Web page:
I like entering by the grand staircase of what appears to be a thousand steps: one should sweat a little for prizes like these. Into the immense white hall, with its sprays of fresh flowers the size of a football player. (They are replaced once a week, year round, under the terms of an endowment to the museum expressly for this purpose.) The Great Hall functions as a mountain: reminding us how small we are.
This day, we let the two boys, clutching their drawing pads, rush ahead into the Greek wing. They hunkered down on the floor, blending into yet another group of art students, clustered at the feet of ancient heroes, with their offerings of sketchpad and charcoal. I was drawn, not to the heroic, but to the impossible: a small case containing glass. From Rome. Whole, unchipped. It spoke of miracles. Maybe they were small ones, but those are the ones we can grasp.
After the sculpture, the boys intended to visit (of course) the swords. Then the samurai armor; it always frightens me. But them--it makes them dream. Of being frightening. That which the male of our species hopes for, while the female yearns to attract the warrior so he will take off the frightening armor, frightened of her. We wear it in different places, that's all.
The ladies decamped to the more intimate spaces upstairs, to see some photography. I wasn't much interested in the show of Steiglitz, Steichen, Strand--it is hard to see these grandaddies with a fresh eye, just as it is hard to look at the Mona Lisa and see anything but a thousand parodies--but I was interested in a show titled "Our Future Is in the Air: Photographs from the 1910s." It got me thinking of the photographs I love, that always look new to me, and I felt like mounting my own exhibition, an intimate chronology of the art, starting with two from the aforementioned show.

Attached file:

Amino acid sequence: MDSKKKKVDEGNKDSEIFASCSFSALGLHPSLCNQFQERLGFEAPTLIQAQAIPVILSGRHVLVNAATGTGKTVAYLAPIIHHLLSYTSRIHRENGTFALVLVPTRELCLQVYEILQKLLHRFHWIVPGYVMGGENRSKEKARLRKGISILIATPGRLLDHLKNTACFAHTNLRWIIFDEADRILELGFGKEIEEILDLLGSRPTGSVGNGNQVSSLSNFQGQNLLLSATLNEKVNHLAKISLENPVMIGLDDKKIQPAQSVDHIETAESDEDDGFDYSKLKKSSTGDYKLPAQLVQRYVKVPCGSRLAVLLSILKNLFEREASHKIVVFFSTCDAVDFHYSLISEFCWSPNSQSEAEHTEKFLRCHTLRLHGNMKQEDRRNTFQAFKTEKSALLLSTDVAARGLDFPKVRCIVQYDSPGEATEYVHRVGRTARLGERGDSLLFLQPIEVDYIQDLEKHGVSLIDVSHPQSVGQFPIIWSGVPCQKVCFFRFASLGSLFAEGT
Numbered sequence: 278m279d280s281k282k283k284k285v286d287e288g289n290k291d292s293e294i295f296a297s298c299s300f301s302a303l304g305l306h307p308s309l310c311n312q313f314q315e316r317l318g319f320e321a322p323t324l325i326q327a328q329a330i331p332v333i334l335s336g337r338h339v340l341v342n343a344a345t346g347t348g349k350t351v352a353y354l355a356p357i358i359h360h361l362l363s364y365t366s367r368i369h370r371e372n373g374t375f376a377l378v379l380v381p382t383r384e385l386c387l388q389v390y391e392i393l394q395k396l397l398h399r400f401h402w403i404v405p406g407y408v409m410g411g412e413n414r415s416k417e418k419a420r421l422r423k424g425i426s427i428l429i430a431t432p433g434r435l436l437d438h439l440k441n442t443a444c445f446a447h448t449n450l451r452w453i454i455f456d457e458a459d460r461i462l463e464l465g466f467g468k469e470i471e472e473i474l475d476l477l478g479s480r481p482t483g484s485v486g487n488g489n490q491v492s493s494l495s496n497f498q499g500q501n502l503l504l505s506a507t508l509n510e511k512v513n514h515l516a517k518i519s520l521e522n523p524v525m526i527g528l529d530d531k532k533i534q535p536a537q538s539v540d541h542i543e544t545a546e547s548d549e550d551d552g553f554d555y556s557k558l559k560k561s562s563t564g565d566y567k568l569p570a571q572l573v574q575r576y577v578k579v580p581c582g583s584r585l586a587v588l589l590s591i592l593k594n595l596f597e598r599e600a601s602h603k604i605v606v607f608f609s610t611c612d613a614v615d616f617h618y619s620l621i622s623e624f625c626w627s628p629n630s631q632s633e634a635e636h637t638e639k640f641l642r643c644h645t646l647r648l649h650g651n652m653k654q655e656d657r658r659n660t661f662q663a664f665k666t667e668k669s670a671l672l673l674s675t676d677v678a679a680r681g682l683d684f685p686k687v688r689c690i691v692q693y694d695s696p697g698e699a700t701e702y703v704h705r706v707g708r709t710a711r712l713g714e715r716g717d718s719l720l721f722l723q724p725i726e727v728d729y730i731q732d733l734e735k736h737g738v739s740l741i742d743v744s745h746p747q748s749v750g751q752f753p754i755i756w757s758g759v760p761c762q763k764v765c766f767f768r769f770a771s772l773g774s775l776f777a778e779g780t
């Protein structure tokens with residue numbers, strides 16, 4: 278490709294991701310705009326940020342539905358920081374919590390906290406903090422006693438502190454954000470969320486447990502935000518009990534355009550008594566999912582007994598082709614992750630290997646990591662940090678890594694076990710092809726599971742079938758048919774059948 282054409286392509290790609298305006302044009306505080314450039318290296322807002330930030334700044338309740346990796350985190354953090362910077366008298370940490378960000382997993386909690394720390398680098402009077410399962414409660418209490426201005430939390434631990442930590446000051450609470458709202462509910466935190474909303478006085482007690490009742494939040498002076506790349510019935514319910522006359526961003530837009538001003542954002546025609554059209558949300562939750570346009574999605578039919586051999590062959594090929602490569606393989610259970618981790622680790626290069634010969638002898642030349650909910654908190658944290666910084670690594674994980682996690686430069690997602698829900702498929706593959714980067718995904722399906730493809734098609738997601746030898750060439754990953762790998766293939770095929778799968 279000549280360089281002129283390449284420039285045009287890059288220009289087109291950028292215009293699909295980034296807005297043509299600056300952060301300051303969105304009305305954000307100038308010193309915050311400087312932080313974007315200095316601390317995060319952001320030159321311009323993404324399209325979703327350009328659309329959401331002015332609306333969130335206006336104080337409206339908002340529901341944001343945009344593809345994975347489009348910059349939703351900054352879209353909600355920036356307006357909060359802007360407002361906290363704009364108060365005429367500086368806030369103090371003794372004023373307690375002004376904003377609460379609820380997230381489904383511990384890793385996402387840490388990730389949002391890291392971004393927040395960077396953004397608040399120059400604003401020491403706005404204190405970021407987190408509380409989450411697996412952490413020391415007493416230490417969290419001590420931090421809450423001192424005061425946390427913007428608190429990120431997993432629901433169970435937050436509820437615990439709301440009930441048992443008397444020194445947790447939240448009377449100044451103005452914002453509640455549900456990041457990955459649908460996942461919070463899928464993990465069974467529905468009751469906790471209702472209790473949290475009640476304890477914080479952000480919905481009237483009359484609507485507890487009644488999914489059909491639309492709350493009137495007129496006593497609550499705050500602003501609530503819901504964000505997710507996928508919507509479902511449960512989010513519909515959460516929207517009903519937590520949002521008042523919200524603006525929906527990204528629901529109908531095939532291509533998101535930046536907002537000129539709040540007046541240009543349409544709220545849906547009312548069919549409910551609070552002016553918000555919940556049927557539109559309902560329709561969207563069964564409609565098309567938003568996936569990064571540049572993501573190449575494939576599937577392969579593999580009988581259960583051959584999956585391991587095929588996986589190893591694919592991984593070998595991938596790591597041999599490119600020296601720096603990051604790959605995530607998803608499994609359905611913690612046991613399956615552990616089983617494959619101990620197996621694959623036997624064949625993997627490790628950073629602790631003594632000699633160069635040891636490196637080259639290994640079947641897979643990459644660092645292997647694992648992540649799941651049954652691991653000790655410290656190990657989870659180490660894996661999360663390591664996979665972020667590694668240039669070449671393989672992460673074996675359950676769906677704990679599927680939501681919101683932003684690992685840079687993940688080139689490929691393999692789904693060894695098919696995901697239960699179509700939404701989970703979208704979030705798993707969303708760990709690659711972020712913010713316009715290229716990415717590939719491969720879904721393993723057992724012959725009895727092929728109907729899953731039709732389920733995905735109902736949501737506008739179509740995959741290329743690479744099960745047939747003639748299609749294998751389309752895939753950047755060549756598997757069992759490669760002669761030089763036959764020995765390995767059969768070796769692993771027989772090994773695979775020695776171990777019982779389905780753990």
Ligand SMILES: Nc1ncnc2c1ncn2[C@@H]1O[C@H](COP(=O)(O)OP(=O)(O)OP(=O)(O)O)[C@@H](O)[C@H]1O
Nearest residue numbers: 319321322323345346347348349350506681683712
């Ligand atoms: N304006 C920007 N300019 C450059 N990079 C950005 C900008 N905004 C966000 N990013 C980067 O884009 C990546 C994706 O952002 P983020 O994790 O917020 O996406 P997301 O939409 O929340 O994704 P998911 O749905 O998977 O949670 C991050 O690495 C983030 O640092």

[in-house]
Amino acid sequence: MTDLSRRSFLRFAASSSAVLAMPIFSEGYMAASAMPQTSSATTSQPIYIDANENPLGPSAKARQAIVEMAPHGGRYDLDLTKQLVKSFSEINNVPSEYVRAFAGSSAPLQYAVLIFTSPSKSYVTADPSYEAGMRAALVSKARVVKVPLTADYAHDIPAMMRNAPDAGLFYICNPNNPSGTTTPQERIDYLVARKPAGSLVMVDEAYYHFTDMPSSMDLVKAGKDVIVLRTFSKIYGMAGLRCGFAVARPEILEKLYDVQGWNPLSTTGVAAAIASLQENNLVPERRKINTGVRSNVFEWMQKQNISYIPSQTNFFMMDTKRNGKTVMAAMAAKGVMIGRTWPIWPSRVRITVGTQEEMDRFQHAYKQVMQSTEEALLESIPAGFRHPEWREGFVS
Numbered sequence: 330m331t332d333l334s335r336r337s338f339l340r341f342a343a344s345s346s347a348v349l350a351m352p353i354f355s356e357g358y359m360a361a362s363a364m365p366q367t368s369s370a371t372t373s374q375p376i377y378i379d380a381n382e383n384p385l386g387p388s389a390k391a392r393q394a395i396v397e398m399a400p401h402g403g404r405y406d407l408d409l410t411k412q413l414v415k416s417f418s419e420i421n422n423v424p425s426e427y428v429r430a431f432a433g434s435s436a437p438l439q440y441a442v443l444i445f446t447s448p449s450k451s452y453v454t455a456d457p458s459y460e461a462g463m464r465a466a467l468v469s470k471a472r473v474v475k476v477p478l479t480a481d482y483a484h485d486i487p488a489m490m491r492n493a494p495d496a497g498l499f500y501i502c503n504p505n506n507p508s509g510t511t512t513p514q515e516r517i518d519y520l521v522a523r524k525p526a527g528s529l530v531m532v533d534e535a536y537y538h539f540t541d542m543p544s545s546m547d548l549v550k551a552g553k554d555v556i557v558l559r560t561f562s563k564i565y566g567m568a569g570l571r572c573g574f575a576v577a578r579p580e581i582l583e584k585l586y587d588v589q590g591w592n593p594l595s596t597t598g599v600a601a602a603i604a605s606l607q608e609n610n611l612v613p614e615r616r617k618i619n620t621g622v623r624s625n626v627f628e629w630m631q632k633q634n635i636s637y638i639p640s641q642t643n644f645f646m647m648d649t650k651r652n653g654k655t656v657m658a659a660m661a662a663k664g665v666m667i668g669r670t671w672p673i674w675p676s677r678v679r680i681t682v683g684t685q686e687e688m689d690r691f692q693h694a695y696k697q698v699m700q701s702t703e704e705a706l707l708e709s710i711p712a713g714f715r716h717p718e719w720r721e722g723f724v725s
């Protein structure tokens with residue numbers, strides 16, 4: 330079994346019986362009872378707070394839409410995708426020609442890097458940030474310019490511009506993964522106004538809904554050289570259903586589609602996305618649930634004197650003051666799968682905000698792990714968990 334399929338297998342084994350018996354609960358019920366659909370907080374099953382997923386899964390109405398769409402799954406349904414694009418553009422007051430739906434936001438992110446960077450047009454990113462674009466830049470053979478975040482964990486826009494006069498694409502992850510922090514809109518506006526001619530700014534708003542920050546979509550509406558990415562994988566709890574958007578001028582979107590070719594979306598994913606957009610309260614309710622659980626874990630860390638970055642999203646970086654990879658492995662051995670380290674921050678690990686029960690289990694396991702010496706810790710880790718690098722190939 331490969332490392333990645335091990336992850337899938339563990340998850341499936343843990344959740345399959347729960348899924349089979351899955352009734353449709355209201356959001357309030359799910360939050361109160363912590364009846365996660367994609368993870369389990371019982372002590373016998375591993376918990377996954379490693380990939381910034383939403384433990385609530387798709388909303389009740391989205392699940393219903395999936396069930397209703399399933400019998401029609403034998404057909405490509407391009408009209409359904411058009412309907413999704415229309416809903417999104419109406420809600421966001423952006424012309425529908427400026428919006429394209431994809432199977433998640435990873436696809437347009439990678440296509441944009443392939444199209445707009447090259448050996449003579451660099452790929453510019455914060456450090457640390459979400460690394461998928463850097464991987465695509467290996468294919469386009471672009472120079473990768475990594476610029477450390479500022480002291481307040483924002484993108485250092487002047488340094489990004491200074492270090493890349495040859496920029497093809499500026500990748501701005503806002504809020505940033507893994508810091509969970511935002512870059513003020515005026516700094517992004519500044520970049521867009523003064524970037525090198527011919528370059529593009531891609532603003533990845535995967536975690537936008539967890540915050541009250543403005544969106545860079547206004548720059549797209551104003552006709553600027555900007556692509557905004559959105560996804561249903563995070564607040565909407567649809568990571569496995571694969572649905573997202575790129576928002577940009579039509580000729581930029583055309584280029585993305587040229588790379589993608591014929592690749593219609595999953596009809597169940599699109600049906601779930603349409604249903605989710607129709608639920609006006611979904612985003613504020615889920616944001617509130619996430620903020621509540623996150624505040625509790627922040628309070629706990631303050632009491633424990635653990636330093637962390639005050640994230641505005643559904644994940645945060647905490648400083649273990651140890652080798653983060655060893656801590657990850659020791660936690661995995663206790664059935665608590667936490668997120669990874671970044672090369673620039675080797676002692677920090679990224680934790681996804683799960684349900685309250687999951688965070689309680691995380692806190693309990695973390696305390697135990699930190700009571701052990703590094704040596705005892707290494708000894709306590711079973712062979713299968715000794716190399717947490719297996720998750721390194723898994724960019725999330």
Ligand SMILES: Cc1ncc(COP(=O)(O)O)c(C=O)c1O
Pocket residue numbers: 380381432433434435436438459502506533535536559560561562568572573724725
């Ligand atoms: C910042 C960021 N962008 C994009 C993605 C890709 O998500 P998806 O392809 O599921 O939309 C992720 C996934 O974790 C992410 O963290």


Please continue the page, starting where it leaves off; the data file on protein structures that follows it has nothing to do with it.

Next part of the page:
Robert Frank, Charleston, South Carolina
Garry Winogrand, New Mexico
John Pfahl, Trojan Nuclear Power Plant
Lewis Baltz, from Park City
I tried to figure out what linked these images, and for a long time I could not--apart from the fact that I love them especially, for they each appear to me nearly perfect. They are from different traditions and visions: futurist, formalist, snapshot, the "ruined landscape," the age of Manifest Destiny. Then I realized: they are all linked by their dedication to surprise, to opening the eye to what has been unseen in what is always seen. They are new, even if they are old.